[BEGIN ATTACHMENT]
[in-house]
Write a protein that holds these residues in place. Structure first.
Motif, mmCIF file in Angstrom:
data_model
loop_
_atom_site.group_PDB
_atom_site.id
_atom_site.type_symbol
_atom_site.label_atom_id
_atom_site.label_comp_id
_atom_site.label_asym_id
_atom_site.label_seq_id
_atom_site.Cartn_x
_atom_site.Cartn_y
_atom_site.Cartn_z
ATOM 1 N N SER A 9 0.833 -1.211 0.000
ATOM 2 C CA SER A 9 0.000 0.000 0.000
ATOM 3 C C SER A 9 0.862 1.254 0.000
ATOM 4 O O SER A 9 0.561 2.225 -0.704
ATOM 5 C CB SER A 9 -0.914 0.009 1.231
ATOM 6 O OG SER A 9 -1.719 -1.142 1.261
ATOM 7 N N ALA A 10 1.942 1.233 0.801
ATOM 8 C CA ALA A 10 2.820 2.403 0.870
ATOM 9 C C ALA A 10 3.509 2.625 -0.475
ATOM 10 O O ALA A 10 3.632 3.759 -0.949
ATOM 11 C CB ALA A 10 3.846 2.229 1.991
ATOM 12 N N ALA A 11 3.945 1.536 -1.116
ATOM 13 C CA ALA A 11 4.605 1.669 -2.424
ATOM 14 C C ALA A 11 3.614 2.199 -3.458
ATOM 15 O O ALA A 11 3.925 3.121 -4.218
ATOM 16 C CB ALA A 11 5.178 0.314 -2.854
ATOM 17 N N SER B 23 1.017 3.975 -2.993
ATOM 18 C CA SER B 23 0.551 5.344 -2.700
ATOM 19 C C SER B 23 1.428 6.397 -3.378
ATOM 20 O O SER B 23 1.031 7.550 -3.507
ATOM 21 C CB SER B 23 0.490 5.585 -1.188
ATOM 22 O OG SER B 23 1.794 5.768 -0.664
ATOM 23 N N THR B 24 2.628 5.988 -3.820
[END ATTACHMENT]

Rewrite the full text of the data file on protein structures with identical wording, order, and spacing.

[in-house]
Write a protein that holds these residues in place. Structure first.
Motif, mmCIF file in Angstrom:
data_model
loop_
_atom_site.group_PDB
_atom_site.id
_atom_site.type_symbol
_atom_site.label_atom_id
_atom_site.label_comp_id
_atom_site.label_asym_id
_atom_site.label_seq_id
_atom_site.Cartn_x
_atom_site.Cartn_y
_atom_site.Cartn_z
ATOM 1 N N SER A 9 0.833 -1.211 0.000
ATOM 2 C CA SER A 9 0.000 0.000 0.000
ATOM 3 C C SER A 9 0.862 1.254 0.000
ATOM 4 O O SER A 9 0.561 2.225 -0.704
ATOM 5 C CB SER A 9 -0.914 0.009 1.231
ATOM 6 O OG SER A 9 -1.719 -1.142 1.261
ATOM 7 N N ALA A 10 1.942 1.233 0.801
ATOM 8 C CA ALA A 10 2.820 2.403 0.870
ATOM 9 C C ALA A 10 3.509 2.625 -0.475
ATOM 10 O O ALA A 10 3.632 3.759 -0.949
ATOM 11 C CB ALA A 10 3.846 2.229 1.991
ATOM 12 N N ALA A 11 3.945 1.536 -1.116
ATOM 13 C CA ALA A 11 4.605 1.669 -2.424
ATOM 14 C C ALA A 11 3.614 2.199 -3.458
ATOM 15 O O ALA A 11 3.925 3.121 -4.218
ATOM 16 C CB ALA A 11 5.178 0.314 -2.854
ATOM 17 N N SER B 23 1.017 3.975 -2.993
ATOM 18 C CA SER B 23 0.551 5.344 -2.700
ATOM 19 C C SER B 23 1.428 6.397 -3.378
ATOM 20 O O SER B 23 1.031 7.550 -3.507
ATOM 21 C CB SER B 23 0.490 5.585 -1.188
ATOM 22 O OG SER B 23 1.794 5.768 -0.664
ATOM 23 N N THR B 24 2.628 5.988 -3.820